More tussling over toilets

Rocklands ablution facilities now close at 6pm after a five-month trial period of remaining open 24 hours a day.

The opening times of public toilets on the promenade have once again drawn mixed reaction from the Sea Point community.

Last year, sub-council 16 approved a proposal to have a 24-hour ablution facility on the Sea Point promenade. This was a pilot project run by Ward 54 councillor Shayne Ramsay.

Ms Ramsay pledged R150 000 of her ward allocation for the six-month trial project, which divided the community, with some residents arguing it was a waste of money (“Toilet tussle”, Atlantic Sun, November 23, 2017).

Despite the project having been canned after five months, Ms Ramsay said she believed it to have been a success. “The project has been criticised by the conservative element in my ward who have claimed that it was a waste of money and would, in fact, attract more homeless people to the area.

“I am happy to say that this has proved untrue since the inception of the project as no major incidents have been reported, making the pilot project a success,” she said.

Ms Ramsay said about 3 000 people had used the facility between 6pm and 6am. The cost to the City over five months was R150 000 which had been used to cover the cost of employing a security guard.

Ms Ramsay suggested that the City kept some of the ablution facilities open until 10pm, which would not necessitate the employment of a security guard.

“People have resorted to relieving themselves against the walls once again. This means that the Recreation and Parks Department has to spend more time and money cleaning up afterwards,” she said.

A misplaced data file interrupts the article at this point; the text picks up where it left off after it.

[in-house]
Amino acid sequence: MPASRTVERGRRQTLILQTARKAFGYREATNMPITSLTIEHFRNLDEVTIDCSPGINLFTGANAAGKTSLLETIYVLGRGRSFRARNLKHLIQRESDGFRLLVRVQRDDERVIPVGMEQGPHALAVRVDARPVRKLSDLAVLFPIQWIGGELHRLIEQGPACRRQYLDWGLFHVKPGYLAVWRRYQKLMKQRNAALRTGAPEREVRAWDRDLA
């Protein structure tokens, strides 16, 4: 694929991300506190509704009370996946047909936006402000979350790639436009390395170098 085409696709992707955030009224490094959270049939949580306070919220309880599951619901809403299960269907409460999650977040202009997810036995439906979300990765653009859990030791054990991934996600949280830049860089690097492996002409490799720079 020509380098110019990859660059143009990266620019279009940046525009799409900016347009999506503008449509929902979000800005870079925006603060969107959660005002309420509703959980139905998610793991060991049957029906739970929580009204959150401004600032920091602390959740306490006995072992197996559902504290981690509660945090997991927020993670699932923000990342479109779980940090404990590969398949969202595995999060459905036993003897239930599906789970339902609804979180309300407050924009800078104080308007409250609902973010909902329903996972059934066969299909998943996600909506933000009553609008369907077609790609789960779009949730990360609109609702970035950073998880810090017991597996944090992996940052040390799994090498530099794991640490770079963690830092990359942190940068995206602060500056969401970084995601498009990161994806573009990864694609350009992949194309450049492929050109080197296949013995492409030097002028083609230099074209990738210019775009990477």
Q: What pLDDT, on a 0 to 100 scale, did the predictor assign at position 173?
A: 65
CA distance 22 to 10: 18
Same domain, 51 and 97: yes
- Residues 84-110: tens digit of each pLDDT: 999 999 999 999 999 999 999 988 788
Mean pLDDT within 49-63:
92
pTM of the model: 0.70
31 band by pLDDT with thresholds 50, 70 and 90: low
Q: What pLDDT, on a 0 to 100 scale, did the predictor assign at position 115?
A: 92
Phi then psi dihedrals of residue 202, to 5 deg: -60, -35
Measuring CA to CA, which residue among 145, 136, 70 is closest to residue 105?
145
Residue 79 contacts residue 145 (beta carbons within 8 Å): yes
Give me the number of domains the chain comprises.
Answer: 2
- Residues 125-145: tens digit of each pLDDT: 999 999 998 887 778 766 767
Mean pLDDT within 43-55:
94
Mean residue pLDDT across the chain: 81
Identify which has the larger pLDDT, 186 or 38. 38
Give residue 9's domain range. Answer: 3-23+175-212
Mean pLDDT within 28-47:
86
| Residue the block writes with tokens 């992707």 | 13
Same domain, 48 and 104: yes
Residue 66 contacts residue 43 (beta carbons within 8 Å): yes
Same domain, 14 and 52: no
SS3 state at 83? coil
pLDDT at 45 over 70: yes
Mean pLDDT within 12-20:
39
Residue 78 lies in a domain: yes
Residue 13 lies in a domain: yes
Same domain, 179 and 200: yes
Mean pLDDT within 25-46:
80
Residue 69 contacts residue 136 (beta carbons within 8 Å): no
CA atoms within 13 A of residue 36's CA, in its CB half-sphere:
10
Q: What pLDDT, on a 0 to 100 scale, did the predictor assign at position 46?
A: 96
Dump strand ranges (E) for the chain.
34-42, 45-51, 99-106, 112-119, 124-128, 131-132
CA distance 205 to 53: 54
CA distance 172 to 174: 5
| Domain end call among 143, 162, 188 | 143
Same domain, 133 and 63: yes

Some residents of Sea Point agreed with Ms Ramsay, saying the project had been a great success from a health and dignity perspective. They believe the ablution facilities should remain open 24/7.

Commenting on Facebook, Jeremy Rich, said: “A world-class city should have 24×7 public toilets. The problem is the 30k a month security cost. There must be a better way than having a guard at each toilet? What would happen if they were not guarded?”

Julian Sendin of Reclaim the City, said it was a shame that the project had been canned. Mr Sendin said on Facebook: “There is clearly significant support for this project, it’s a shame it hasn’t been upscaled let alone canned.

“The security costs are excessive, someone above is right to point out that about 75% of that goes to a company, ie labour brokers.

“Another income stream should come from the Sea Point CID because such initiatives fall squarely in their mandate.”

However, a member of the Atlantic Seaboard Action Group, Paul Jacobson, lambasted the trial project.

“The experiment was a dismal failure and probably encouraged street people to gravitate to Sea Point. It has had a negative impact on the Atlantic Seaboard. The experiment came at a huge cost to the community, costing R150 000 for this five-month period,” he s

Mr Jacobson added that the ward had a limited budget and there were other more serious matters that the community had asked for the councillor to attend to.

“We needed a budget to place a traffic officer outside The Point/Checkers where taxi drivers pass red lights and endanger our residents and families. We had asked the councillor to provide more social workers to attend to the homeless.

“It is disgraceful that the entire Atlantic Seaboard has only one social worker to assist the homeless. We could have used the budget to finance another shelter or provide more beds in other shelters,” he said.

When asked whether they would support the ablution facilities closing at 10pm, Mr Jacobson said: “I would support opening toilets until 10pm in summer and 8pm in winter. To have a security guard placed outside these toilets from 6pm to 6am, given that only a few used this facility, is just a waste of time and money.”

A homeless person living in Sea Point, Vanessa Petermann, said she wished the facilities would remain open 24/7. “There are a lot of homeless people in Sea Point. As amazing as Cape Town is, it’s shocking and saddening to see how many homeless people are living here. They should at least keep the toilets open for people to use toilets like any other decent human being,” she said.